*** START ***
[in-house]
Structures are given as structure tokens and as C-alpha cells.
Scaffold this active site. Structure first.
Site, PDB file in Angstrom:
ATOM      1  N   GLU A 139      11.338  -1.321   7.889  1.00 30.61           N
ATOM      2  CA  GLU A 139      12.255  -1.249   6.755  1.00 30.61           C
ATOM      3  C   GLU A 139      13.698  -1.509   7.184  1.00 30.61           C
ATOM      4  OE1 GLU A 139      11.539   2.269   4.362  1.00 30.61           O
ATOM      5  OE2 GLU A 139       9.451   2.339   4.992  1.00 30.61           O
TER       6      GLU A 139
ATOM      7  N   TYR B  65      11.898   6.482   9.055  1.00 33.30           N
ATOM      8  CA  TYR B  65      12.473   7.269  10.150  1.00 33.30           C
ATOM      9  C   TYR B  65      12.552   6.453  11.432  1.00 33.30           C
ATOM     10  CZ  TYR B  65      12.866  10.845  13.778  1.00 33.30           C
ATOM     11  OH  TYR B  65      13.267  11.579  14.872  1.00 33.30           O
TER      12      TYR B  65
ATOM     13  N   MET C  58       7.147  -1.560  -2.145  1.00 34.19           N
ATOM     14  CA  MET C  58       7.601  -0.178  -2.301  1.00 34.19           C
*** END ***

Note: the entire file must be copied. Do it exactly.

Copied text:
[in-house]
Structures are given as structure tokens and as C-alpha cells.
Scaffold this active site. Structure first.
Site, PDB file in Angstrom:
ATOM      1  N   GLU A 139      11.338  -1.321   7.889  1.00 30.61           N
ATOM      2  CA  GLU A 139      12.255  -1.249   6.755  1.00 30.61           C
ATOM      3  C   GLU A 139      13.698  -1.509   7.184  1.00 30.61           C
ATOM      4  OE1 GLU A 139      11.539   2.269   4.362  1.00 30.61           O
ATOM      5  OE2 GLU A 139       9.451   2.339   4.992  1.00 30.61           O
TER       6      GLU A 139
ATOM      7  N   TYR B  65      11.898   6.482   9.055  1.00 33.30           N
ATOM      8  CA  TYR B  65      12.473   7.269  10.150  1.00 33.30           C
ATOM      9  C   TYR B  65      12.552   6.453  11.432  1.00 33.30           C
ATOM     10  CZ  TYR B  65      12.866  10.845  13.778  1.00 33.30           C
ATOM     11  OH  TYR B  65      13.267  11.579  14.872  1.00 33.30           O
TER      12      TYR B  65
ATOM     13  N   MET C  58       7.147  -1.560  -2.145  1.00 34.19           N
ATOM     14  CA  MET C  58       7.601  -0.178  -2.301  1.00 34.19           C